Teacher Preparation Section

Alma Robinson, Virginia Tech

At the 2015 PhysTEC conference in February, I had the wonderful pleasure of meeting Kristine Callan from the Colorado School of Mines (CSM) and Wendy Adams from the University of Northern Colorado (UNC). During introductions, they spoke of their unique STEM Teacher Preparation Program where students at CSM, a highly selective, small public research university devoted to engineering and applied science, can pursue teaching licensure with an option for a master’s degree through UNC, Colorado’s premier teacher preparation institution.

At the next meeting break, conference attendees swarmed Kristine and Wendy and inundated them with questions about their program. It was clear that many institutions see great potential in recruiting and training engineering students as physics teachers and were very interested in learning how these partnerships can be created.

For this edition of the Teacher Preparation Section, three institutions that are making inroads in graduating physics teachers who have engineering backgrounds will be highlighted. First, Kristine Callan and Wendy Adams outline their aforementioned program, PhysTEC’s first multi-institution comprehensive site.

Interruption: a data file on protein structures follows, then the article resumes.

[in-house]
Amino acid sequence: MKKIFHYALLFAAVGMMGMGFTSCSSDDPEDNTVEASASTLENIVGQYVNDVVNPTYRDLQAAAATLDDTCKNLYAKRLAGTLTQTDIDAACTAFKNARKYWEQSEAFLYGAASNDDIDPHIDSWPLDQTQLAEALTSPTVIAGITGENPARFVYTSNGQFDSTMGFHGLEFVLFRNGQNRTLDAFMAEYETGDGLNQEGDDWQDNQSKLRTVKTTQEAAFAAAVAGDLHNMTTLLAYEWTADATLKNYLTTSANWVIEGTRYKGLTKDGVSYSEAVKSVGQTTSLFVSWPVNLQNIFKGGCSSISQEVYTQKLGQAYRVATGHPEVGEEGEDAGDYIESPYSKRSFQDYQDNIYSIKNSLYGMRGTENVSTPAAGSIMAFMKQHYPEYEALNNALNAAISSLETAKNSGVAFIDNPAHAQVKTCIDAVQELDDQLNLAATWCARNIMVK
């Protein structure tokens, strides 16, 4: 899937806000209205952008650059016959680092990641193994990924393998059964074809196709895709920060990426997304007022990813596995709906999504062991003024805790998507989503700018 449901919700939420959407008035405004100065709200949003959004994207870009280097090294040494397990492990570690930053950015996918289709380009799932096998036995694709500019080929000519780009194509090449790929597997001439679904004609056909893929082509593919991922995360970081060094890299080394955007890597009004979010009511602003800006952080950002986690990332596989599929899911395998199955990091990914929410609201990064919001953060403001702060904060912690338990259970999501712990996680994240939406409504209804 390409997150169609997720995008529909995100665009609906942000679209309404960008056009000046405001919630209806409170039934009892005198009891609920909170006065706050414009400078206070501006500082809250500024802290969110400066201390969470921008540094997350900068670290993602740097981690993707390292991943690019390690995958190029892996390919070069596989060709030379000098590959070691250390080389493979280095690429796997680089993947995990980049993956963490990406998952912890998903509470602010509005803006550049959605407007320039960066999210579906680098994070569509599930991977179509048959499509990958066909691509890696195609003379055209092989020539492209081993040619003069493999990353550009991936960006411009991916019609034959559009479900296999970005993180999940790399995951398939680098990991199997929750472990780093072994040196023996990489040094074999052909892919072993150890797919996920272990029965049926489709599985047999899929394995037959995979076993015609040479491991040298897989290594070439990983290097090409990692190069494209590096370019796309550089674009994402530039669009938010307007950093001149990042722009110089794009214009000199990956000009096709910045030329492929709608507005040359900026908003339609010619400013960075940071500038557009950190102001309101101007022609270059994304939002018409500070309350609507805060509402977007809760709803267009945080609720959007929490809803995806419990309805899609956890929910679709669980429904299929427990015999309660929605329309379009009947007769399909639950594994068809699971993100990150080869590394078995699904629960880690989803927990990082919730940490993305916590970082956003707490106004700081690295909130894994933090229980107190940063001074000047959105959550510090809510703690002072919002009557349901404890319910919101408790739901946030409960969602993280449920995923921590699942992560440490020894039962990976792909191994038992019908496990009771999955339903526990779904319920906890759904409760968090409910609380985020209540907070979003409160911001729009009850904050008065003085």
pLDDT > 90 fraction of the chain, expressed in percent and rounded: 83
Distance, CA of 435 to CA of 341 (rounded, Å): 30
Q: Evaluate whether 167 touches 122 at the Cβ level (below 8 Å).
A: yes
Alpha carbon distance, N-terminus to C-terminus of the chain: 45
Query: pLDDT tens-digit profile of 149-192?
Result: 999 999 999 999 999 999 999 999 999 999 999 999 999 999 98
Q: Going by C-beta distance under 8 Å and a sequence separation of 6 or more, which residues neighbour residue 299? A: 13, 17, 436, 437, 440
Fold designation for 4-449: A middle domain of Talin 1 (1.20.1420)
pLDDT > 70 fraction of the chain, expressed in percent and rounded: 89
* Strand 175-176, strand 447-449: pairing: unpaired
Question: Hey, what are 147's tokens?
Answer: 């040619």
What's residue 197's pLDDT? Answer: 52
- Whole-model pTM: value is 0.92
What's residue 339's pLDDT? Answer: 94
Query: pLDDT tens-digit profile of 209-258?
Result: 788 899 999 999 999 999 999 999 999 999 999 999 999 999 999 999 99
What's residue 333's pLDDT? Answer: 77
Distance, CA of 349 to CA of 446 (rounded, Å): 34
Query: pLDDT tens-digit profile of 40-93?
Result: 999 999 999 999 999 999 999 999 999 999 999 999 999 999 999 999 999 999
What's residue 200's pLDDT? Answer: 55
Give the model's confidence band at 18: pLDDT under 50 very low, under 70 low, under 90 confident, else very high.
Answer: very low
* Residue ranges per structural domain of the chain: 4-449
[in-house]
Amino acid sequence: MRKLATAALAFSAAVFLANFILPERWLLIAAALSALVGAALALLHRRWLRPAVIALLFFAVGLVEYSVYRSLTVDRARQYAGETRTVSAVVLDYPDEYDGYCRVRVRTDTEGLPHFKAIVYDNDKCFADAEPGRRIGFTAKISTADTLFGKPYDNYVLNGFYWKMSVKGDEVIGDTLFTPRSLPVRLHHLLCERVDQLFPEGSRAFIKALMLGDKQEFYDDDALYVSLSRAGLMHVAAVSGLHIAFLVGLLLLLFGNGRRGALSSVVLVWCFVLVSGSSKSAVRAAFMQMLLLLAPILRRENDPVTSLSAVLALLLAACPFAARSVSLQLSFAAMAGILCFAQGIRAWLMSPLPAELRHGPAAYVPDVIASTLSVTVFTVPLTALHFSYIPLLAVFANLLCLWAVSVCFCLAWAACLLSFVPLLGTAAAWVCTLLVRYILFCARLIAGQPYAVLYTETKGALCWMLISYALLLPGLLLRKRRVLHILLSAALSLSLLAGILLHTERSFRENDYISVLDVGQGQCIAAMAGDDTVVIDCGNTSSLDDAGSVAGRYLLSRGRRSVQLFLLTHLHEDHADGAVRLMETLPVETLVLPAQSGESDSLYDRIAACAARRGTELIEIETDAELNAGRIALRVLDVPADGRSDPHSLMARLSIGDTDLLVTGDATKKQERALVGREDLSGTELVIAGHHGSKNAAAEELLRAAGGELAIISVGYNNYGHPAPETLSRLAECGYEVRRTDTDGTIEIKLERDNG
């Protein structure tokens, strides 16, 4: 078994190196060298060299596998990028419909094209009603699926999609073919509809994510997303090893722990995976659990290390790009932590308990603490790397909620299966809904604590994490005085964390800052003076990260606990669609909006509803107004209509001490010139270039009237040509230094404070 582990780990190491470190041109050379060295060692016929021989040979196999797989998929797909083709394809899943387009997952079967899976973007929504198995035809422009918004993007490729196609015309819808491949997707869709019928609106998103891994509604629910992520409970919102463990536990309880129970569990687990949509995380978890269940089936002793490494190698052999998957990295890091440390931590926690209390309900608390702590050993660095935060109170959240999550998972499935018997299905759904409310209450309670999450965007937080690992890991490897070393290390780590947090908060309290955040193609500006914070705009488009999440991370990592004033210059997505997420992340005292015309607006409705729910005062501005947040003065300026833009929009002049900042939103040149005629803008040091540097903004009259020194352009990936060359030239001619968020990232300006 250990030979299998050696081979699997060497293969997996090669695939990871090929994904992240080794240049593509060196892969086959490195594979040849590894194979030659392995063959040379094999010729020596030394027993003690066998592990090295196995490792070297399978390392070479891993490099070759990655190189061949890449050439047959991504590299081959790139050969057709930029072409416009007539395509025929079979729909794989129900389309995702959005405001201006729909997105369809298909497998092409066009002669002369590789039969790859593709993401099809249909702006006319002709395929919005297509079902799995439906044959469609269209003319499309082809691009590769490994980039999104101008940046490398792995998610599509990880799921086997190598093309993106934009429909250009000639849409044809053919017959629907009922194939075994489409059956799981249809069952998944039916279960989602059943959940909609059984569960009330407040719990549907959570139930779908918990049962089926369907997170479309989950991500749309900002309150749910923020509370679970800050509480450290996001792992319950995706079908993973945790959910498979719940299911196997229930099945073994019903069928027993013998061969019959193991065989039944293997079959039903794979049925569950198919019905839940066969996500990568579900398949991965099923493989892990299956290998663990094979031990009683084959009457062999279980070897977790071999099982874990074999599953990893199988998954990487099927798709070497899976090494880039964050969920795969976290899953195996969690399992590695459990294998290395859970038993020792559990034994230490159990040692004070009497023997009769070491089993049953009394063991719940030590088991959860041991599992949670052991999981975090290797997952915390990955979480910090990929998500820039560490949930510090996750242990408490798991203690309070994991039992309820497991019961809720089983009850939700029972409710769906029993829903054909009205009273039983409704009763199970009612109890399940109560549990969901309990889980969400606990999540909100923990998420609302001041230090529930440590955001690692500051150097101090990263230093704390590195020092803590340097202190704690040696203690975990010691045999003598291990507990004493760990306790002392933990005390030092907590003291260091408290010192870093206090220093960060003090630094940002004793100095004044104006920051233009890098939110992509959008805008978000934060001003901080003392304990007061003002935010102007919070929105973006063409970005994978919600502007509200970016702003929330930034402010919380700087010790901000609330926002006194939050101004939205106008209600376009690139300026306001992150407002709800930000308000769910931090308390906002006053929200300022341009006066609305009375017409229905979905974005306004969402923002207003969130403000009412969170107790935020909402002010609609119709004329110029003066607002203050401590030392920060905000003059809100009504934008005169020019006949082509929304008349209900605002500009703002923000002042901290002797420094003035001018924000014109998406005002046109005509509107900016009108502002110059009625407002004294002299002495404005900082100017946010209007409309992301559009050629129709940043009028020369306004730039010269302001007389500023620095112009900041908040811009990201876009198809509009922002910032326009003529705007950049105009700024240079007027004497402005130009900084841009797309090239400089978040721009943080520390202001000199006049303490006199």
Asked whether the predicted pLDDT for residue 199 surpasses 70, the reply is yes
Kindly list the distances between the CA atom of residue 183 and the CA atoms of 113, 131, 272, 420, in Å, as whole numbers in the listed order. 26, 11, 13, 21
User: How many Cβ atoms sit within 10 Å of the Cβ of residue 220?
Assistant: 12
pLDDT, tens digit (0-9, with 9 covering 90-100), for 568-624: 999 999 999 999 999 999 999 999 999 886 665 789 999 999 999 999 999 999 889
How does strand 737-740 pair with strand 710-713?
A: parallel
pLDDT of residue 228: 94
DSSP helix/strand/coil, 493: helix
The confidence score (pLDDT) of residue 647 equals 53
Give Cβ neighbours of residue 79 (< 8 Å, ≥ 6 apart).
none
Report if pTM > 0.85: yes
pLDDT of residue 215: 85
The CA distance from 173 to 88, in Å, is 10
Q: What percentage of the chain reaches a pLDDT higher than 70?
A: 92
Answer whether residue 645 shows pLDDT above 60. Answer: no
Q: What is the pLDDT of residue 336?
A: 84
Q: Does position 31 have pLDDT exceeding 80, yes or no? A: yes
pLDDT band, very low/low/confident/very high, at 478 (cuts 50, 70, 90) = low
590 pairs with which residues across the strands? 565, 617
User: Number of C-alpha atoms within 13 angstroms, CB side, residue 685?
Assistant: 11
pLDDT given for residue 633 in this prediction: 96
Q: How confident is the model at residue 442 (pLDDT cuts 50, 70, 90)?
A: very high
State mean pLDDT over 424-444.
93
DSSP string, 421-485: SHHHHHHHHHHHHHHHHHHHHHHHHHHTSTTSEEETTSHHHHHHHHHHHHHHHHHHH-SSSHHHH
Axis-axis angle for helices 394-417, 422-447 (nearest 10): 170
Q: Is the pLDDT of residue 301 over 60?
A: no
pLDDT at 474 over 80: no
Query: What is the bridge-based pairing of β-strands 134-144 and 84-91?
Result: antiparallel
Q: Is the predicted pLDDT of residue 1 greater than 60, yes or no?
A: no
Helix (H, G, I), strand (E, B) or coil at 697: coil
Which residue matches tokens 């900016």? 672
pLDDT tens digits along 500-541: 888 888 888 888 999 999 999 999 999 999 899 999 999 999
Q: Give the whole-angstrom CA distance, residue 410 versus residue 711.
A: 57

Kathy Koenig explains how the University of Cincinnati has created a streamlined pathway for engineering students to earn both an engineering degree and a Master’s in Curriculum and Instruction in five years. By taking advantage of the university’s existing 5-year master’s degree program that includes multiple co-operative work experiences, students can now earn their teaching licensure while fulfilling some of their required co-operative experience through student teaching.

Finally, John Simonetti, Brenda Brand, and George Glasson explain how the partnerships between the Department of Physics, School of Education, and College of Engineering at Virginia Tech have played key roles in the success of their physics teacher preparation program. Engineering students are encouraged to participate in courses that offer early teaching experiences, and pre-service physics teachers are invited to enroll in a Mechanical Engineering Robotics elective where college students mentor high school students in building a robot for the FIRST Robotics competition.